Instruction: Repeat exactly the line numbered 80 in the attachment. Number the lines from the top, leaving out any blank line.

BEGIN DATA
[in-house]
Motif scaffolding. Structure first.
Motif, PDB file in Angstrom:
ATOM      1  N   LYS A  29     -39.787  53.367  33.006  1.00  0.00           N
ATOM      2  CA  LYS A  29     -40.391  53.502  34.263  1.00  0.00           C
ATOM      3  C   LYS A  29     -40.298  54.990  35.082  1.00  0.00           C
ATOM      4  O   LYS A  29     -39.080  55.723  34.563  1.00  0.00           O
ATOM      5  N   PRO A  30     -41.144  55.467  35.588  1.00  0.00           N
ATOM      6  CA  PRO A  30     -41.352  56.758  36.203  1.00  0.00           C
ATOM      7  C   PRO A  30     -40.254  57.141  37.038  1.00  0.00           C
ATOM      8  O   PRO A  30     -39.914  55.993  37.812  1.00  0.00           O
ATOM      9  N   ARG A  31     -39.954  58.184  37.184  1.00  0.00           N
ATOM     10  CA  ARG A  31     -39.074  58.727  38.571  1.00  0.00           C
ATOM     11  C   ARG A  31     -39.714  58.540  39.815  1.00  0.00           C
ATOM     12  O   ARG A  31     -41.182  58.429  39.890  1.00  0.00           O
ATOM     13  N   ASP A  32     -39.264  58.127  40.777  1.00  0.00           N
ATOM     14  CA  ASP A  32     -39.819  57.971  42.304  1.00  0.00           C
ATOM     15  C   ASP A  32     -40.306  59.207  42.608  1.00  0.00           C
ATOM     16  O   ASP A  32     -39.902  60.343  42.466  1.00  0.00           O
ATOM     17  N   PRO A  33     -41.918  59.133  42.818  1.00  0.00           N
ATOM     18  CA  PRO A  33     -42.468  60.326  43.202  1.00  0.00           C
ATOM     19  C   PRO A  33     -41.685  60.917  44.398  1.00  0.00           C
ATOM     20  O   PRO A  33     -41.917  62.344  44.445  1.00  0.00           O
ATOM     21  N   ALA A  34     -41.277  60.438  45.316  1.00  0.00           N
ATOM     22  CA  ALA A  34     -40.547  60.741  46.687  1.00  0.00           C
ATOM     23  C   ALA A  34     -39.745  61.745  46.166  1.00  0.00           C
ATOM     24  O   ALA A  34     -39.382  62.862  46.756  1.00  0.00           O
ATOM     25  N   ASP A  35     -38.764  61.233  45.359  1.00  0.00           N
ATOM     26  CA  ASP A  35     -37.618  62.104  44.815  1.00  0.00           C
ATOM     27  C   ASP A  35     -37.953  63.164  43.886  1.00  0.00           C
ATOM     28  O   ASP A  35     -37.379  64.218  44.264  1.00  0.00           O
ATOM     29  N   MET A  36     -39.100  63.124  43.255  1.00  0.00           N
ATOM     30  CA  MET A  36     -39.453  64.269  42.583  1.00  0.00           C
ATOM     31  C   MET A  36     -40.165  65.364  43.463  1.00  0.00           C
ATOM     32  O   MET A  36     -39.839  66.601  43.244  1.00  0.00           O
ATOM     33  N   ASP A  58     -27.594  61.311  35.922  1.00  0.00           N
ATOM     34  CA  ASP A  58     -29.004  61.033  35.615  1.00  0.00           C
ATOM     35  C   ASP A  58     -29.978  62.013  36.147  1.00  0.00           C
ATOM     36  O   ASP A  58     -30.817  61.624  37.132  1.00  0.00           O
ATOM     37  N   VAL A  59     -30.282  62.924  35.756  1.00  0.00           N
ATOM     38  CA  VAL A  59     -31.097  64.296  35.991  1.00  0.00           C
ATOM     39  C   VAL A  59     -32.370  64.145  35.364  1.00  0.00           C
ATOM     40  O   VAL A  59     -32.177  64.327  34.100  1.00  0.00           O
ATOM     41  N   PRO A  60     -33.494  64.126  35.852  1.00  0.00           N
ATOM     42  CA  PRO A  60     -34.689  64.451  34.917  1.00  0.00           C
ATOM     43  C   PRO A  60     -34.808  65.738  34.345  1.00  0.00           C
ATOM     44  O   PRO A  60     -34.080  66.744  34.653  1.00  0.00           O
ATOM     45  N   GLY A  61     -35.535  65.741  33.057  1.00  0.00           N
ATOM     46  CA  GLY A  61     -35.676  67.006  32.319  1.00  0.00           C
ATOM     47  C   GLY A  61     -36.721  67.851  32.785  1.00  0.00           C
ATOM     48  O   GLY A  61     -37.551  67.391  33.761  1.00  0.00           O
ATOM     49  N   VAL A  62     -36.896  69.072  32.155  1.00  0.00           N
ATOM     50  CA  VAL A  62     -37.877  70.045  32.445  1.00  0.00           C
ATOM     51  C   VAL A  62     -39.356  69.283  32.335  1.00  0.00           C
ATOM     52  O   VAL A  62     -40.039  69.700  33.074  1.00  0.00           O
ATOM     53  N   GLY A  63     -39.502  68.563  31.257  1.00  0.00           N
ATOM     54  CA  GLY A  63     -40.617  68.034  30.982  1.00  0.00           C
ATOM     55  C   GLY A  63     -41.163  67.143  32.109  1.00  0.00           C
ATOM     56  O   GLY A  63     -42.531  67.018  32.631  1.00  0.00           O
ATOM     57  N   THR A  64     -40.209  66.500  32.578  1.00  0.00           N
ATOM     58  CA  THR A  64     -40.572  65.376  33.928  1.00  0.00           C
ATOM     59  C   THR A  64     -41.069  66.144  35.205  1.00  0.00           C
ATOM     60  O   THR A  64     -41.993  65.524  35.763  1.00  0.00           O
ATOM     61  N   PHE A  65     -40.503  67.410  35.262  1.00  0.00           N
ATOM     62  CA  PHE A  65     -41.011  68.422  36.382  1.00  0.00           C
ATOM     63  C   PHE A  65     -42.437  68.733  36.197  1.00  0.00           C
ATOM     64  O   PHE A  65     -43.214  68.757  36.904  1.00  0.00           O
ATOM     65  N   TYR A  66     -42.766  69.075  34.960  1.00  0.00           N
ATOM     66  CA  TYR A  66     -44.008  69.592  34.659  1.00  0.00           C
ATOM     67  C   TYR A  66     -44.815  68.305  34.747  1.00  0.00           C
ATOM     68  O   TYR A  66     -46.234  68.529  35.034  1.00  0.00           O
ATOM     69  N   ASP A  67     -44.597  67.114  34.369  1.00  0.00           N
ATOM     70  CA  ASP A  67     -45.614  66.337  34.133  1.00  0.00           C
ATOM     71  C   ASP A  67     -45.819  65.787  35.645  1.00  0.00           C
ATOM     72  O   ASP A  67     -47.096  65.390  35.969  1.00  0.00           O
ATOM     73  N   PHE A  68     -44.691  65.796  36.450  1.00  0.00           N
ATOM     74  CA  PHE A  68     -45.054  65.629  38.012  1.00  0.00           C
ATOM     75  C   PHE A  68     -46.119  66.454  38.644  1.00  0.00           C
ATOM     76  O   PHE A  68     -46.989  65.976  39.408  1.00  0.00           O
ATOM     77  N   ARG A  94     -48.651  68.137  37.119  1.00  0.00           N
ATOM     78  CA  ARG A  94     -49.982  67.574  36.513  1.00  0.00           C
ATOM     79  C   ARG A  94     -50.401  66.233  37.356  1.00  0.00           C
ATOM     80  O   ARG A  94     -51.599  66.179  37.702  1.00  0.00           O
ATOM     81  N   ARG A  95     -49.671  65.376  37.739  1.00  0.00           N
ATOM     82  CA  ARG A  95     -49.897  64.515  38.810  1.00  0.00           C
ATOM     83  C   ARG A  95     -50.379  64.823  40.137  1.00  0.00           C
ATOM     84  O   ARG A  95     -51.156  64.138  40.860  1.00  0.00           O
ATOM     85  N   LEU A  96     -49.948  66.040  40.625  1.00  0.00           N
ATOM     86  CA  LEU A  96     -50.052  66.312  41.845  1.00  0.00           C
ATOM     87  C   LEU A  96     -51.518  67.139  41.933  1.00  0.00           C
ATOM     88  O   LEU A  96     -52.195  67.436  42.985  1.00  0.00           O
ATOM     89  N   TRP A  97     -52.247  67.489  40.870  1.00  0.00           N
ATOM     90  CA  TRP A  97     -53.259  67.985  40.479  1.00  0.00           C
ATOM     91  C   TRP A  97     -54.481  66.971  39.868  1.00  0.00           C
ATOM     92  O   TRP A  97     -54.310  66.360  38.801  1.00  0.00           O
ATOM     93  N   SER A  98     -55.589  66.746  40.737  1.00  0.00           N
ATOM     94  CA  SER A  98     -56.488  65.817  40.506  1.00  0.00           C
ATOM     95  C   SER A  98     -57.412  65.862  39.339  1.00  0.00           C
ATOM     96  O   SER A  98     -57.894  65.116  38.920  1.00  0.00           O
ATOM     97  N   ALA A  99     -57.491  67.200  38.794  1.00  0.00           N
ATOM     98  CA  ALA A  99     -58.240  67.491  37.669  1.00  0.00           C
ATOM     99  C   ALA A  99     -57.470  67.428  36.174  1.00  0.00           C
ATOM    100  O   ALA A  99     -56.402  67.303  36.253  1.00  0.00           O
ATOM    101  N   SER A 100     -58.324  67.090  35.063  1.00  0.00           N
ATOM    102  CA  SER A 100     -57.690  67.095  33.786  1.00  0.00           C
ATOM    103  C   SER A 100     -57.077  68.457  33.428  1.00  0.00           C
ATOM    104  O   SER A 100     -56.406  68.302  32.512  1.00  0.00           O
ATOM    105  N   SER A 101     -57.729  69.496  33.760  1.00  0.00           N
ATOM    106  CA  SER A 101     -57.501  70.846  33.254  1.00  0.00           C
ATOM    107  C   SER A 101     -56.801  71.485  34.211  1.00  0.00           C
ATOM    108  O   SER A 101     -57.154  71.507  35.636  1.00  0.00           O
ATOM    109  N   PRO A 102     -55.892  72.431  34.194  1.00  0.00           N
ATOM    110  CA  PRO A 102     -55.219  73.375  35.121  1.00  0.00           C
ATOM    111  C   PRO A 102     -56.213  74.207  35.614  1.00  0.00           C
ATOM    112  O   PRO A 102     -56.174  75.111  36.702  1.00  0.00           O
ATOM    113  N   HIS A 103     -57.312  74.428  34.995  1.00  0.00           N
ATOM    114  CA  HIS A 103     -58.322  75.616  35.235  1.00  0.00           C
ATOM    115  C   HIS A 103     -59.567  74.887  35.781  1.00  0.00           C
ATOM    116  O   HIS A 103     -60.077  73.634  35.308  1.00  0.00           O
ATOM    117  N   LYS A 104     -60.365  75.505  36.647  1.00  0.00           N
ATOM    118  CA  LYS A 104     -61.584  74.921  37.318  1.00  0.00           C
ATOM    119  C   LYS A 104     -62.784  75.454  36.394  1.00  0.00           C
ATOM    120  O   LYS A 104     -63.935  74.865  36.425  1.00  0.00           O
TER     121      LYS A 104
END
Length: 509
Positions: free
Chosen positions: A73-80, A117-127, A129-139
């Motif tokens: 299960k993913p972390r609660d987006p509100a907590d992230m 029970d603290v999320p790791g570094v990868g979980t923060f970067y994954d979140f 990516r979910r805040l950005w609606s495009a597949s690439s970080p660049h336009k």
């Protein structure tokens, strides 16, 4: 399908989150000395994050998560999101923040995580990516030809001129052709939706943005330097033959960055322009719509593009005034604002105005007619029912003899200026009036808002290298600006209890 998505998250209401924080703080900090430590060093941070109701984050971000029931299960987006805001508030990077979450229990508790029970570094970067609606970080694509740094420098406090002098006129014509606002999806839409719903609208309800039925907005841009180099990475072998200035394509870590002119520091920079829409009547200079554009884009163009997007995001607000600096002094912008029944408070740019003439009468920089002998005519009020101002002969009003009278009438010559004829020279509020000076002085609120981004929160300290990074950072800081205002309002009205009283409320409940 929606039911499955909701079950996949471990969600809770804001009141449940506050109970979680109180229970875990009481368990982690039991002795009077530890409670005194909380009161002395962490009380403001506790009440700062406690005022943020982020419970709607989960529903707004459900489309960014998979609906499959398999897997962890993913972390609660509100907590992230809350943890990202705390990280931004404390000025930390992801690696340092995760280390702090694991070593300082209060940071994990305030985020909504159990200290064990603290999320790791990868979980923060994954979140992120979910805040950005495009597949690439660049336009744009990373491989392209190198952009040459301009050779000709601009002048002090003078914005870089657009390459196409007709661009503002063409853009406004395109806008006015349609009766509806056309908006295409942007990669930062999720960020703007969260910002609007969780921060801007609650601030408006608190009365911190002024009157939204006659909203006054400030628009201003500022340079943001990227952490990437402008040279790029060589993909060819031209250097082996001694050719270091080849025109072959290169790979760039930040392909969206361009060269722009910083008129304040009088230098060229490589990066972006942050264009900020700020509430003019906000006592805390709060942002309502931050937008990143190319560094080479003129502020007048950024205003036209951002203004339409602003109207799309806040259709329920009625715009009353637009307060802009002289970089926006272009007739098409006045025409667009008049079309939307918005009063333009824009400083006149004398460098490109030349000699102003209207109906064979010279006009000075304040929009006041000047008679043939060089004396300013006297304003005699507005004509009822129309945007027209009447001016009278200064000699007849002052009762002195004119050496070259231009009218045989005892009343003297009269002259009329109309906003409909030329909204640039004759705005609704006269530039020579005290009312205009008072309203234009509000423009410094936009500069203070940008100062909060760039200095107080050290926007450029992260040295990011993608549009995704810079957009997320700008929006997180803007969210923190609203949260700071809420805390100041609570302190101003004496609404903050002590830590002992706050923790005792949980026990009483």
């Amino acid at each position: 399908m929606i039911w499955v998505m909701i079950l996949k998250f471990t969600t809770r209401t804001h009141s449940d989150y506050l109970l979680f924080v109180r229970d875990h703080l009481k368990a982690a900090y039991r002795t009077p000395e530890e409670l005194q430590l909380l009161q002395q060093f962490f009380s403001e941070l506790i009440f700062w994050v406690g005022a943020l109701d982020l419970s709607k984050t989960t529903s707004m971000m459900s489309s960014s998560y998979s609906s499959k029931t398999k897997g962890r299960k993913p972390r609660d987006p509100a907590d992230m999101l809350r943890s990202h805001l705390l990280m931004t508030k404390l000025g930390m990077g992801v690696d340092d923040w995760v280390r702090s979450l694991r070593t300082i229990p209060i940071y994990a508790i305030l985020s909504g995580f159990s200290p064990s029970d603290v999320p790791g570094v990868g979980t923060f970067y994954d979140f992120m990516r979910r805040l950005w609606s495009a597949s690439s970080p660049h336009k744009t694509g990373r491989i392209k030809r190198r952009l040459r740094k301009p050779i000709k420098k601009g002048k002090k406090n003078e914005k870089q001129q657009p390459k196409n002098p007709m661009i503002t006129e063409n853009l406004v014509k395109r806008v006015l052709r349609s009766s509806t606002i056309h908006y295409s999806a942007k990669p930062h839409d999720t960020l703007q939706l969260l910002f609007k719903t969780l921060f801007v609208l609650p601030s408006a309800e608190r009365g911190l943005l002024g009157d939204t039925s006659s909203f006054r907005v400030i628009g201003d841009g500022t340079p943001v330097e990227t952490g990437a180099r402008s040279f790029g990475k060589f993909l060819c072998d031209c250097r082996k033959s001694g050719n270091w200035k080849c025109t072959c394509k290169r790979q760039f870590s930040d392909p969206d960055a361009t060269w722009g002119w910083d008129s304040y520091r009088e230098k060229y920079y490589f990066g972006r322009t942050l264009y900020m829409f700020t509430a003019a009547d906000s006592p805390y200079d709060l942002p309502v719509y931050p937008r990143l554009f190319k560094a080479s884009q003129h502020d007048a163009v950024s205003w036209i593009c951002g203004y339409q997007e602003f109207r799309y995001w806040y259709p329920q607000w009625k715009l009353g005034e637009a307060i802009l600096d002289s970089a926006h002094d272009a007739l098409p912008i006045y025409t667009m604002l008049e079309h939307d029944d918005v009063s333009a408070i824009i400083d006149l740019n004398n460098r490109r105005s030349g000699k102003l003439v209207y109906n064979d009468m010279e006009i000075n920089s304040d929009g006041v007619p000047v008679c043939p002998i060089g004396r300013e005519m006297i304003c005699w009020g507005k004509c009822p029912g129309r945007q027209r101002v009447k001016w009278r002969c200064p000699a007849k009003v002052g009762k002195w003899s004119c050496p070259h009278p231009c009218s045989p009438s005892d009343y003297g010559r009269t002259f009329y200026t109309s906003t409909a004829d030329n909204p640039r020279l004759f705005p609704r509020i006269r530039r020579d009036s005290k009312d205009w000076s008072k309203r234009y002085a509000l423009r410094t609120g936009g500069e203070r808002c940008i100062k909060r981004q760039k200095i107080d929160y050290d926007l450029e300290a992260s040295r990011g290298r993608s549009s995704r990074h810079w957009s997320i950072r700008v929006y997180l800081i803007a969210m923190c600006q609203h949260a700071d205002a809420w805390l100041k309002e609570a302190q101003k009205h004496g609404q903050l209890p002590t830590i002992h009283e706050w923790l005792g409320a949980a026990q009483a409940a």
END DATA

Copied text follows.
ATOM     77  N   ARG A  94     -48.651  68.137  37.119  1.00  0.00           N